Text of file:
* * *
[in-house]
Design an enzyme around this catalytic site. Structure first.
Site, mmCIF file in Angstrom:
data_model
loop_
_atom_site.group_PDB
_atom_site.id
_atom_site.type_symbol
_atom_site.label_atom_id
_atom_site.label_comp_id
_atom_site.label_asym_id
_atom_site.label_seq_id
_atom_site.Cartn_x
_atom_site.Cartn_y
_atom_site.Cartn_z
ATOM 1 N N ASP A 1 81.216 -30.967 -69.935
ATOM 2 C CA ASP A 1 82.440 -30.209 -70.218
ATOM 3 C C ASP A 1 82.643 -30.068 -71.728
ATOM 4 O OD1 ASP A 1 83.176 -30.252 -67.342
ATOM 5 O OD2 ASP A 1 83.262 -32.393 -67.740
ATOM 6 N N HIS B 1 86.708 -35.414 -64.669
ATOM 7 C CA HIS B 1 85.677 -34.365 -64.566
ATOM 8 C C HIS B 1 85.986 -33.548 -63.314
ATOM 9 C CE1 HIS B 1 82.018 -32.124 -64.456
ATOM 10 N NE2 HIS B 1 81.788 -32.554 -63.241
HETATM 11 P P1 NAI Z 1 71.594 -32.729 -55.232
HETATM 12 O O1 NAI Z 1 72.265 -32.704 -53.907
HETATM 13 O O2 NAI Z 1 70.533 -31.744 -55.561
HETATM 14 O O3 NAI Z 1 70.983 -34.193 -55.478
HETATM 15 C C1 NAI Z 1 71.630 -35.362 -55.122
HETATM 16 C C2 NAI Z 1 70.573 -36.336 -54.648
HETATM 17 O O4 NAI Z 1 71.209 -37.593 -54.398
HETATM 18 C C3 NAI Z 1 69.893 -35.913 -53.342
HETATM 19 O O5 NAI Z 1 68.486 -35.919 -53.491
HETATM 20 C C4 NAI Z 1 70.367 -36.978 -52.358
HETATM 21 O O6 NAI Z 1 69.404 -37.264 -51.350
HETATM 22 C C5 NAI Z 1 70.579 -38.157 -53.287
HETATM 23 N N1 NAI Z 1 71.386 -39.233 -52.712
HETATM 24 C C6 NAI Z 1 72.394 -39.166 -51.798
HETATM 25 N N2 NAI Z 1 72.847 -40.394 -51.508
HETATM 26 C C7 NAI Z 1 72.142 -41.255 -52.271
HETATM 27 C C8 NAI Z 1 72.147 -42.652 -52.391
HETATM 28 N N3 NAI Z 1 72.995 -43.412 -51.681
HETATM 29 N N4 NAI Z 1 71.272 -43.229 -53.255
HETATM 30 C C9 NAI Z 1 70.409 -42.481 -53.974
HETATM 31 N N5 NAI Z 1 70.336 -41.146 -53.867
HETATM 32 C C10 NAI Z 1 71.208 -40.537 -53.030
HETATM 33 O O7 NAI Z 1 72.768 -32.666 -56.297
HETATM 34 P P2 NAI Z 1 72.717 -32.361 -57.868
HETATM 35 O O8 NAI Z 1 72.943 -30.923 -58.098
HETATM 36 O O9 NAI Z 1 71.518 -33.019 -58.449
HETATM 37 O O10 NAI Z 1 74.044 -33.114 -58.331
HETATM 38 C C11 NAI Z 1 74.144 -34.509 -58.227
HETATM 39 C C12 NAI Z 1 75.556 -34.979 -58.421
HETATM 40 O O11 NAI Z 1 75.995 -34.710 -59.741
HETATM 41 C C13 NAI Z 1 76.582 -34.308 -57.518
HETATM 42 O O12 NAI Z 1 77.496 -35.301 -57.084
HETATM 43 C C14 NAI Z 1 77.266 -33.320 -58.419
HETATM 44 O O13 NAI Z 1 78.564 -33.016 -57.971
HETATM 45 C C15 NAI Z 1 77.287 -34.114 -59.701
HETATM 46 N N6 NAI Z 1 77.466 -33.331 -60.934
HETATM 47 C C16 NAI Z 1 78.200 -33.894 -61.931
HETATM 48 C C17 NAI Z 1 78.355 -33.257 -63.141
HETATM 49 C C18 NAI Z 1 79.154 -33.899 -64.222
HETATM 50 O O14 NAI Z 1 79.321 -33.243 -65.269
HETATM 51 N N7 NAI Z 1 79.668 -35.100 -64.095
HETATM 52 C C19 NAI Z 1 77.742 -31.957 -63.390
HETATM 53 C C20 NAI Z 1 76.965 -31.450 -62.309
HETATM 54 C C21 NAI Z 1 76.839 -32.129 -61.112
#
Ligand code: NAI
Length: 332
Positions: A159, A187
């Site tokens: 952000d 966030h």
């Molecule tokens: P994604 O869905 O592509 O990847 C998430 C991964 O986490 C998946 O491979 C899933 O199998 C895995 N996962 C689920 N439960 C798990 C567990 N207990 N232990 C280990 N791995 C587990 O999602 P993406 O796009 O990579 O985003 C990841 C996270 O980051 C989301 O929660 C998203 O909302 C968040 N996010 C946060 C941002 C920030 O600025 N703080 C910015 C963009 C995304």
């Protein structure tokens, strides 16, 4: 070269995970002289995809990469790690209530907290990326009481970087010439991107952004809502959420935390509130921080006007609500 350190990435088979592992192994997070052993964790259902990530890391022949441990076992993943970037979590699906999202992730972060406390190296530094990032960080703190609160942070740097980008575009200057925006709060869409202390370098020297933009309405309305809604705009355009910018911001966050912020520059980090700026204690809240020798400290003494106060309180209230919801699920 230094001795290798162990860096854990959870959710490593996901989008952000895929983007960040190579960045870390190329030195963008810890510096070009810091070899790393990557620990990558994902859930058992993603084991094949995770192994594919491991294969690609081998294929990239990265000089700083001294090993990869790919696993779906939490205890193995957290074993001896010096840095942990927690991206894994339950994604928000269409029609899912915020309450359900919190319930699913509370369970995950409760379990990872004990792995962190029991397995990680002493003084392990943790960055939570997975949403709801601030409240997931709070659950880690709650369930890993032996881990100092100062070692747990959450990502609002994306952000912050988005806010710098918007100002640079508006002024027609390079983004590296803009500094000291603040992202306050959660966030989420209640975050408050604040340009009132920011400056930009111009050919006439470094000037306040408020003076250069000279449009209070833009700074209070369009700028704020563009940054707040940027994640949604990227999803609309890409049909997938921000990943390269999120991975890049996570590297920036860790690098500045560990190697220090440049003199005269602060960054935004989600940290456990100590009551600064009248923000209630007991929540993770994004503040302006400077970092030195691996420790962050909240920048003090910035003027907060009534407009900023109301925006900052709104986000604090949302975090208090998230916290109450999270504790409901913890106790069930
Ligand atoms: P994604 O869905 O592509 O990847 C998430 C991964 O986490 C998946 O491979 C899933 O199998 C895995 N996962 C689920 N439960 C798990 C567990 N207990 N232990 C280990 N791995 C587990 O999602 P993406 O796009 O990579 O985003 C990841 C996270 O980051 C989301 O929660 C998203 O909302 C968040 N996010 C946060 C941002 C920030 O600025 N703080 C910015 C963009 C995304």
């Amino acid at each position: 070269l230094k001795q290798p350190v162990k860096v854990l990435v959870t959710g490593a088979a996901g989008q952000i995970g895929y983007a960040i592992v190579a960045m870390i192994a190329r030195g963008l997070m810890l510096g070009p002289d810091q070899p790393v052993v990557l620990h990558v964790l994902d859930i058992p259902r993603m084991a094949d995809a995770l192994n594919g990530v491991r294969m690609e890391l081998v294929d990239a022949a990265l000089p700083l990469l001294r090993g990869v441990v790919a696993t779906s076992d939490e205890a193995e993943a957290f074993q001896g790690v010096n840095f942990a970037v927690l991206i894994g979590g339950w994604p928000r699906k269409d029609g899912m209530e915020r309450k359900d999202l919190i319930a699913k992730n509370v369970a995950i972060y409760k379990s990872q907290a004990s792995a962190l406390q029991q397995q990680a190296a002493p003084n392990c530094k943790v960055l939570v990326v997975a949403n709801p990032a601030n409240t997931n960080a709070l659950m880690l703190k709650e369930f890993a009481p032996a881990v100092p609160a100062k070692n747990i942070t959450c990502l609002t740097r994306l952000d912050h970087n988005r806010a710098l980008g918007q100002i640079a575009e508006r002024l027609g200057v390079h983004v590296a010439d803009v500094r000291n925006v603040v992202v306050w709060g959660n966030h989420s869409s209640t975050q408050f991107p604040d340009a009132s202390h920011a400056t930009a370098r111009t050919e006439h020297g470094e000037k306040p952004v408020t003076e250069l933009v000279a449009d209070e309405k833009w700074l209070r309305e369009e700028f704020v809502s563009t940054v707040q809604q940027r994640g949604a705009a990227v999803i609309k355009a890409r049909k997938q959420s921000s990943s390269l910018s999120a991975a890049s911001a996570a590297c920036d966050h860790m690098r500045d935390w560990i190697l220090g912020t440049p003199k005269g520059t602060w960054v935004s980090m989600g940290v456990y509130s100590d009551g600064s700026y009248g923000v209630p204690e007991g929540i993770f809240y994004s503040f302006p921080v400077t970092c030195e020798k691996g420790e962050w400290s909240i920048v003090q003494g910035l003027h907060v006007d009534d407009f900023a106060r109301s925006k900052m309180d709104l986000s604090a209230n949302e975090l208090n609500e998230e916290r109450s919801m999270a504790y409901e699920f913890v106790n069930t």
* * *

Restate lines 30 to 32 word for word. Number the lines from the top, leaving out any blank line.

HETATM 15 C C1 NAI Z 1 71.630 -35.362 -55.122
HETATM 16 C C2 NAI Z 1 70.573 -36.336 -54.648
HETATM 17 O O4 NAI Z 1 71.209 -37.593 -54.398